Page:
Comfort blankets?

Amidst the intensity of my feelings for the current political landscape, a little hiatus as my next work deadline is postponed for reasons to do with rain, and so a moment of stillness to write about weaving.

Weaving is almost always a relief, a comfort blanket.


To fit in with a once-dreamed smallholding life, I chose a methodical, solo craft because I knew I needed the soothing, and so it is. I feel a little selfish just getting on with my own, enjoyable, thing though when there is so much wrong in the world. Is this the current dividing line between political left and right, where in the latter you just get on with making things work for you?

Is it possible to feather one’s own nest without exploiting others? The debt money analysis would have it that it’s not, given that our current mechanism of money creation is through the generation of debt, *requiring* everyone to extract surplus value from any transaction simply in order to service loans, and thus inclining the dog to eat the dog. On Saturday I heard, and met, Labour leader Jeremy Corbyn’s right hand, shadow chancellor John McDonnell, and though monetary reform does not yet seem to be an explicit part of his ‘New Economics’, his proposals could begin to lay the foundations for nationalised positive (non-debt) money. It seems that this could release us from a deadlock that currently severely limits the effect of most policy for wealth equality. (Above all, I came away feeling that he was a good, bright, trustworthy man; not radical, but a wholesome, committed, social democrat.)

One of the key messages I’m reading into politics at the moment is that things need to and are starting bottom-up, i.e. we are the change. If we are the new economics, what can each of us do in our little spheres to change our own habits and the wider culture?

I don’t consider money a necessary evil, but as something neutral that can oil the wheels. Currency is like lubricant: it needs to flow evenly throughout the engine, not pool or leak or sput with airlocks. However perhaps there are parts of the machine that can operate without lubricant – perhaps with a coolant, instead. If the oil in the engine is money, then the coolant is perhaps goodwill.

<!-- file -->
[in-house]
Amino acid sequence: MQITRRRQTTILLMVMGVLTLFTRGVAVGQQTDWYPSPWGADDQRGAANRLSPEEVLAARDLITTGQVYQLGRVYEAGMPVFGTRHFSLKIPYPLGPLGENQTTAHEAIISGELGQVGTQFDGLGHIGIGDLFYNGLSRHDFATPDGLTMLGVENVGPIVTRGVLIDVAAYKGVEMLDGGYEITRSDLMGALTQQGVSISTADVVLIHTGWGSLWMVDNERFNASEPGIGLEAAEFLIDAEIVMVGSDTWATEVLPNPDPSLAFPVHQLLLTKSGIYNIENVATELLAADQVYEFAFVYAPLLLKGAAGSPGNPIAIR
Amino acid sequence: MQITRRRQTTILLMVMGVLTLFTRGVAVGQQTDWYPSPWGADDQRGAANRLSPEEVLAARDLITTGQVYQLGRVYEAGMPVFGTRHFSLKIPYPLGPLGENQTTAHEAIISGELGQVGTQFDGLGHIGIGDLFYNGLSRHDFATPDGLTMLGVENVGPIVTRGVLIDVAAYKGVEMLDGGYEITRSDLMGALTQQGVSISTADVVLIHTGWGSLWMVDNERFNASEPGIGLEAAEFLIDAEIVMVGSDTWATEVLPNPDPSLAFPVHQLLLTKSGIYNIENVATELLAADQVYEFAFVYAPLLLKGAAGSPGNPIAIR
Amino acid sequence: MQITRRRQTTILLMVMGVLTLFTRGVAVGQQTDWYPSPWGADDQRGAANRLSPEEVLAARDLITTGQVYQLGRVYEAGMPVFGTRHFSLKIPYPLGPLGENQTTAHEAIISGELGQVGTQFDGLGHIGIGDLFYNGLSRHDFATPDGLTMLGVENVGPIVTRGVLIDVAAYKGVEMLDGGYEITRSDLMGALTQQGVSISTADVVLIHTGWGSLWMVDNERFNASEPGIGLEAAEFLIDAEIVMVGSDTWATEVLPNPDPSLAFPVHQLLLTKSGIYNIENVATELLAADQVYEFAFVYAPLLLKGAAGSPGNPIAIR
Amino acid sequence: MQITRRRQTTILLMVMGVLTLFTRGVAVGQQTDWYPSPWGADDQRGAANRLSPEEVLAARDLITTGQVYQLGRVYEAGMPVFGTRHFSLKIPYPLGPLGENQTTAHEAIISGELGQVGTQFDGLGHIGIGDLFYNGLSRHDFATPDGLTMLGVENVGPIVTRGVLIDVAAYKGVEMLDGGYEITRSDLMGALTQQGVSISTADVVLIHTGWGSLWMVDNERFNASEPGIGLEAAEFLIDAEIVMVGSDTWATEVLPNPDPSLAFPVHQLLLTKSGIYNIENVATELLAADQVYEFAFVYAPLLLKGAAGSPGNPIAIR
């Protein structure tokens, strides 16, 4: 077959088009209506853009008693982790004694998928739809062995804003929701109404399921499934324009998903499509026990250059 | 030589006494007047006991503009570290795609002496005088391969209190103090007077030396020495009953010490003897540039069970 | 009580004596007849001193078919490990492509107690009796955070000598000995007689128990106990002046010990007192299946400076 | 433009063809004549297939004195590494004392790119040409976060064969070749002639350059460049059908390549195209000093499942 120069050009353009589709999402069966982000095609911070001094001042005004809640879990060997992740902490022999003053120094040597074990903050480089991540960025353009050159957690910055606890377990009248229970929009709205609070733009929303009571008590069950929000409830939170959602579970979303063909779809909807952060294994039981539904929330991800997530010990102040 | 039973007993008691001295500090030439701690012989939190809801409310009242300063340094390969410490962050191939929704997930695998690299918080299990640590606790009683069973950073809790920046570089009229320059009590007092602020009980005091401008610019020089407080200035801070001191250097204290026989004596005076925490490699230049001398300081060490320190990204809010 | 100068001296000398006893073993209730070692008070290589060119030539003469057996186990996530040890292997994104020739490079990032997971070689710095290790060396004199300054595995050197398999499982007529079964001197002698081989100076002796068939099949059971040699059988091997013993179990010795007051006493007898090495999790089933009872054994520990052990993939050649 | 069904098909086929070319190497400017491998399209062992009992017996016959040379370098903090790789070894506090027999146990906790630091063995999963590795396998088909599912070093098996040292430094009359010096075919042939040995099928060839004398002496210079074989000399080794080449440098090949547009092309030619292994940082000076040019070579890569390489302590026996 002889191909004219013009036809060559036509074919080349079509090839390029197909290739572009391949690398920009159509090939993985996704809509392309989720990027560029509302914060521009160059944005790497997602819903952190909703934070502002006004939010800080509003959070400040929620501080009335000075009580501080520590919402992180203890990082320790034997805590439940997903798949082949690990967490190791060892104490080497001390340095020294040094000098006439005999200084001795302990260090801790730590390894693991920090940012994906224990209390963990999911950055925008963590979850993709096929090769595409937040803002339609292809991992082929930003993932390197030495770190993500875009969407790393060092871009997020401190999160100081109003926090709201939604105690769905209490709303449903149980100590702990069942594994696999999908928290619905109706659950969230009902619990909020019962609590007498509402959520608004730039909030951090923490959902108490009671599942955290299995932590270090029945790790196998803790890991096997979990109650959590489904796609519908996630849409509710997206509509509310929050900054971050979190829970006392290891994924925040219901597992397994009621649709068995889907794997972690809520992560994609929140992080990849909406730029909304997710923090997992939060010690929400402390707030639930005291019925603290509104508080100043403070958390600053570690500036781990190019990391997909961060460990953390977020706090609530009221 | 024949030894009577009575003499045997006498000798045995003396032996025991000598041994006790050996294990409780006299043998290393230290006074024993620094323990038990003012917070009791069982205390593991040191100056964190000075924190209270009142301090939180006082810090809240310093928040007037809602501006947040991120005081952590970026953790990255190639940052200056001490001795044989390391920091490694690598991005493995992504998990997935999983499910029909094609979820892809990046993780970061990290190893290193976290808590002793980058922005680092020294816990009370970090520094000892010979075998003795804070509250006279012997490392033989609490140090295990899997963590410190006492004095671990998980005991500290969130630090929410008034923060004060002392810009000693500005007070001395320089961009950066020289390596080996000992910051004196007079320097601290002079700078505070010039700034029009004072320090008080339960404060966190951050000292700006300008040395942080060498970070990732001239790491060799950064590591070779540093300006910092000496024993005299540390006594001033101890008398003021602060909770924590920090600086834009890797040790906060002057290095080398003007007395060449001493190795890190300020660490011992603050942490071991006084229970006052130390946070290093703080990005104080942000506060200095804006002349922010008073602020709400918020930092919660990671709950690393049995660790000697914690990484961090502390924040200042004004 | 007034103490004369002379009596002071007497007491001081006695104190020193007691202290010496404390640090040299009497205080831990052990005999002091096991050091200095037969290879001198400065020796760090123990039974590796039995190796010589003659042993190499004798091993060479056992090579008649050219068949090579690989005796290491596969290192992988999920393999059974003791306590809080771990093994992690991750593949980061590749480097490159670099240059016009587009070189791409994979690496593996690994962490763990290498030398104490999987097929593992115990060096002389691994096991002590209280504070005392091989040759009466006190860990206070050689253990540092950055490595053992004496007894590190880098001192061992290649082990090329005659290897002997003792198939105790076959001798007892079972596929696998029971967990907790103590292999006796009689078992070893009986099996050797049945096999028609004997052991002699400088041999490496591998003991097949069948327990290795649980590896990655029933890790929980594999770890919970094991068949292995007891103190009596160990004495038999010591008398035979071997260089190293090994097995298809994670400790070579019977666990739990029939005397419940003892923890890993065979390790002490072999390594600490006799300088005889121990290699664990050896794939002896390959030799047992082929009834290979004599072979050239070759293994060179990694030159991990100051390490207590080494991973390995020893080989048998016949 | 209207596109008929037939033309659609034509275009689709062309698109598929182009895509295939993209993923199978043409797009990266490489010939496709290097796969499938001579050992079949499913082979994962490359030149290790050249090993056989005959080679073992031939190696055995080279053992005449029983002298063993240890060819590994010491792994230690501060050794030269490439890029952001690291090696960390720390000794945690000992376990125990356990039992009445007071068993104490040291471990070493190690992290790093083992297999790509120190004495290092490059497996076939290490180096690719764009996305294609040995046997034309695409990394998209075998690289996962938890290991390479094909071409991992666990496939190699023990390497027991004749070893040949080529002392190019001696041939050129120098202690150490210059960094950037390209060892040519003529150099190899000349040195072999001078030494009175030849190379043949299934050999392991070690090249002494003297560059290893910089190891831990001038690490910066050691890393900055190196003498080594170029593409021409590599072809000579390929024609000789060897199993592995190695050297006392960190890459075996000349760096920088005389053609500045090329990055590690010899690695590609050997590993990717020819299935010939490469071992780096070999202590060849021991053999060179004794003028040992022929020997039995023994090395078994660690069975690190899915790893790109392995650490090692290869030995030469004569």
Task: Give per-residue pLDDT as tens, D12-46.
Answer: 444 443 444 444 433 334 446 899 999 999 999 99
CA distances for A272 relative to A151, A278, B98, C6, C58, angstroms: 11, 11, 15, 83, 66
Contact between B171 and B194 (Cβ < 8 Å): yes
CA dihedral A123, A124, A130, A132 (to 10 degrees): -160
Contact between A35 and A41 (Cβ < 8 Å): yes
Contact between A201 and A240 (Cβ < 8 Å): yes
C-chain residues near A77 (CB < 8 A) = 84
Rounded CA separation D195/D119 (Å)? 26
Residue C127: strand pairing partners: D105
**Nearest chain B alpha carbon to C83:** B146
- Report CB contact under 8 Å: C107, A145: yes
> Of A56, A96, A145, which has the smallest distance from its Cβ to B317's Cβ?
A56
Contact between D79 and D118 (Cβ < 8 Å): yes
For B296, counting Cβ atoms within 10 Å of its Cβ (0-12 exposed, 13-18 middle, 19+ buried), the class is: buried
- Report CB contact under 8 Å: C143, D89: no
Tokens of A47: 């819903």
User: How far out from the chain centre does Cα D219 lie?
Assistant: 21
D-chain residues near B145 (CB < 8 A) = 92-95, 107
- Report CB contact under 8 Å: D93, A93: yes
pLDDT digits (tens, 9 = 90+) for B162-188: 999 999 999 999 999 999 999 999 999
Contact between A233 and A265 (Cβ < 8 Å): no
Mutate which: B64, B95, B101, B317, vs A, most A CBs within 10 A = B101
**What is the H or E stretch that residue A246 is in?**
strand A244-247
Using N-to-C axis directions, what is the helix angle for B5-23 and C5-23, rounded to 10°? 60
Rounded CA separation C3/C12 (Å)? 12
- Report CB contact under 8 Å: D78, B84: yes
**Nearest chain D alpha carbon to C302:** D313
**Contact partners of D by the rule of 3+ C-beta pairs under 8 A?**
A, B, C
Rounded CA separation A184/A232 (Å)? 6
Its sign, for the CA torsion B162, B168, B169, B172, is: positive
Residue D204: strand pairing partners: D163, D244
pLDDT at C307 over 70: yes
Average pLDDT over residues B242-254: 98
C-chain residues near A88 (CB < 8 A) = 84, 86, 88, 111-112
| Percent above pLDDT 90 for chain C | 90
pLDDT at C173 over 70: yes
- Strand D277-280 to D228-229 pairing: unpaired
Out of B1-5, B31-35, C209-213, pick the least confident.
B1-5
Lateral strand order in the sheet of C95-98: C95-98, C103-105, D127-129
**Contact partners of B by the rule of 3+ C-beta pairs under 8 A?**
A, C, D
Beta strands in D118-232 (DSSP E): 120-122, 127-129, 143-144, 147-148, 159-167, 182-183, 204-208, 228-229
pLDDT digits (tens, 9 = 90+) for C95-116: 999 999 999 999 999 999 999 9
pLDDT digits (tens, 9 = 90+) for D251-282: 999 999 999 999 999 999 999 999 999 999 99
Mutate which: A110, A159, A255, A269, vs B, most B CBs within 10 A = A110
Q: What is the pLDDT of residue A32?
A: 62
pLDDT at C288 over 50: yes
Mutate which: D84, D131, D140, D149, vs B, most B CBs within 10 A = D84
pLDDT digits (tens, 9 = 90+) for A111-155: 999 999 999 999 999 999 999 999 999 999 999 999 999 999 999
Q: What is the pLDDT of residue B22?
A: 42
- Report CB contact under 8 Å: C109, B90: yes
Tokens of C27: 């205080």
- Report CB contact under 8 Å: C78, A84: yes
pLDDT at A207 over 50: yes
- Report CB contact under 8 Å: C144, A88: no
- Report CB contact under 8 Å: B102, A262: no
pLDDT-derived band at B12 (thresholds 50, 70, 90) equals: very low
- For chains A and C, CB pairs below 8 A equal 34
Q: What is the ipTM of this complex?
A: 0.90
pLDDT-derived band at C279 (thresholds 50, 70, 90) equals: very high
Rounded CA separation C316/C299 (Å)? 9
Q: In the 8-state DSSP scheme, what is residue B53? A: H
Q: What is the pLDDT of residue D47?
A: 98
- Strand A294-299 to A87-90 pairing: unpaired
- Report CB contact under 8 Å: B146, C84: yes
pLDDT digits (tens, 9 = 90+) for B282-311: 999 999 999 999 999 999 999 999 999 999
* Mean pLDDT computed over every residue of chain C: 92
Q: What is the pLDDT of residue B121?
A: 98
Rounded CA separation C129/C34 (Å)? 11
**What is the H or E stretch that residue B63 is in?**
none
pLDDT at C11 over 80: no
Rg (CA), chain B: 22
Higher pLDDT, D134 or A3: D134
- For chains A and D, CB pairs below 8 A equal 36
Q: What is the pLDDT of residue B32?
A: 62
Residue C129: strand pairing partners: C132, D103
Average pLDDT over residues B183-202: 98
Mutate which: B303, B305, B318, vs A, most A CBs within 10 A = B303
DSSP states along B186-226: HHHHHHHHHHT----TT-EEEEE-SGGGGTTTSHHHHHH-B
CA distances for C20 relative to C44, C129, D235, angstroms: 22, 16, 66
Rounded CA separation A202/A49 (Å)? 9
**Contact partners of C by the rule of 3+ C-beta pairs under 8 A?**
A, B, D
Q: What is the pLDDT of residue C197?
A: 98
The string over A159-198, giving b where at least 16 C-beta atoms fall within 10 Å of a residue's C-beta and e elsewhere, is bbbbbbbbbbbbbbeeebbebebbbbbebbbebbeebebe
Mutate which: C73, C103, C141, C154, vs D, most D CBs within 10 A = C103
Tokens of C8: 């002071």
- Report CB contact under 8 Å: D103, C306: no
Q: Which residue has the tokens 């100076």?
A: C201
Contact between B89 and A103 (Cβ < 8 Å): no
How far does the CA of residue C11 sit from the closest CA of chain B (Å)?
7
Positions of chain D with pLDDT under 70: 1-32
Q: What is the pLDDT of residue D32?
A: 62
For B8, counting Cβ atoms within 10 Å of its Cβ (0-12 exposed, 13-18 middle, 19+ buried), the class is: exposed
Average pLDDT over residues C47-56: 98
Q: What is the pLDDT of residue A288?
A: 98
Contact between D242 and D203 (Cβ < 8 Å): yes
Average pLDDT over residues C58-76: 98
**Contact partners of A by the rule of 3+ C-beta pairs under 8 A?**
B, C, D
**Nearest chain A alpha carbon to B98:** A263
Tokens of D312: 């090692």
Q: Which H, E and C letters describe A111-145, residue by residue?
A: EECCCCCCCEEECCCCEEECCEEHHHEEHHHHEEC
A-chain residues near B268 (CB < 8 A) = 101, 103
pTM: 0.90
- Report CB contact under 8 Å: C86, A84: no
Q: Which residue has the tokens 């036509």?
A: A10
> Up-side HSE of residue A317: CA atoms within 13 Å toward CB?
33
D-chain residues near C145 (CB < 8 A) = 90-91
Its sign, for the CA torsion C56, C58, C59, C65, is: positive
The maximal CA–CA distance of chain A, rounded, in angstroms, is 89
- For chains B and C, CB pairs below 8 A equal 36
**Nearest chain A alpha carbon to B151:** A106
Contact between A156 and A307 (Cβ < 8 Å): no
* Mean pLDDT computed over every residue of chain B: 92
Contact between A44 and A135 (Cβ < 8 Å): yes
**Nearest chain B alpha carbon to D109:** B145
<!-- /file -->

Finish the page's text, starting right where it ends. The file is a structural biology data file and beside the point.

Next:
You may have seen my post about barter, and new dedicated webpage. I’m relocating from a lush Devon valley to nearby higher ground for a short time, and my pitch fee will be looking after a polytunnel. I’ll do some extra harvesting in exchange for eating from it. I’ve mentioned already that as well as ongoing mechanicry/scarves exchange I’ve been offered an iPhone for a snug (only sadly the older US iPhones won’t work here in Europe); an impressive accordion for a couple of family picnic blankets (thanks for your patience, Sarah); and I’m about to receive a ready-to-go DSLR Nikon D80 camera as part-payment for a shawl, so my photos will be much the better. Very excited.


My weavings are expensive: I can’t compete with the low labour costs of some countries, so it’s nice to offer flexibility for those less able to afford costlier UK-made crafts. As well as barter and the option to pay in instalments, I’m wondering about introducing a Robin Hood pricing system in which I offer weavings at two different prices: the ‘Sheriff’s’ price and the ‘Merry Men’s’ price, with the former being above the cost of production and the latter below. It would rely on honesty (I wouldn’t want to vet people), with those able to afford more subsidising those able to afford less.

Thinking about feathering one’s own nest and those who’ve had to flee their nest, another idea is to test the water for selling blankets at one and a half times their production cost and undertake to make a second blanket half-covered by that price which I and the buyer would jointly donate to refugees or other homeless people in the winter. If you haven any experience of this kind of arrangement, I’d be glad to hear your comments below.

I started getting excited about blankets as soon as I started this business, and though I’ve not made that many I’m still compelled by them more than by any of the other things I make. There’s something truly honest about a blanket.

Bearing in mind the picnic blanket photoshoot I did on a Scottish island beach where the wind was so strong I had to stake the thing to the sand with knives, I was planning a similar scene down here in Devon…

Picnic hamper close up

…but then had another idea. You may have seen it already: ‘Never mind the picnic…’

green shoe nestled goblets boobs shadow of woods sepia


Does this make the blankets a little less honest?! After the saucier scenario I enjoyed a return to a more innocent vignette:


The top key phrase that people use in searches that land them on my weavings is ‘men’s poncho’. I never wanted to make ponchos – though didn’t mind if instead I could call them ‘ruanas’ (for red-haired Irish maidens) or ‘mauds’ (for kilt-clad Scottish shepherds), or ‘capes’ (Johnny Depp or some such swarth on horseback). Just not ‘ponchos’. But people don’t search much for ‘ruanas’ or ‘mauds’, and I’m not sure that ‘cape’ is an accurate description of what I make (suggestions, anybody?). However, when someone approached me requesting a ‘poncho that looked like a roe deer’ I was inspired to take the challenge.

I had a practice-run with some chunky undyed Bulgarian wool from Rodolpi Mountain sheep and made this large blanket-poncho whose neck I’m considering sewing up (against the votes of some kind poncho-loving followers) to make it into a plain blanket.

Rodolpi poncho draped on wall enhanced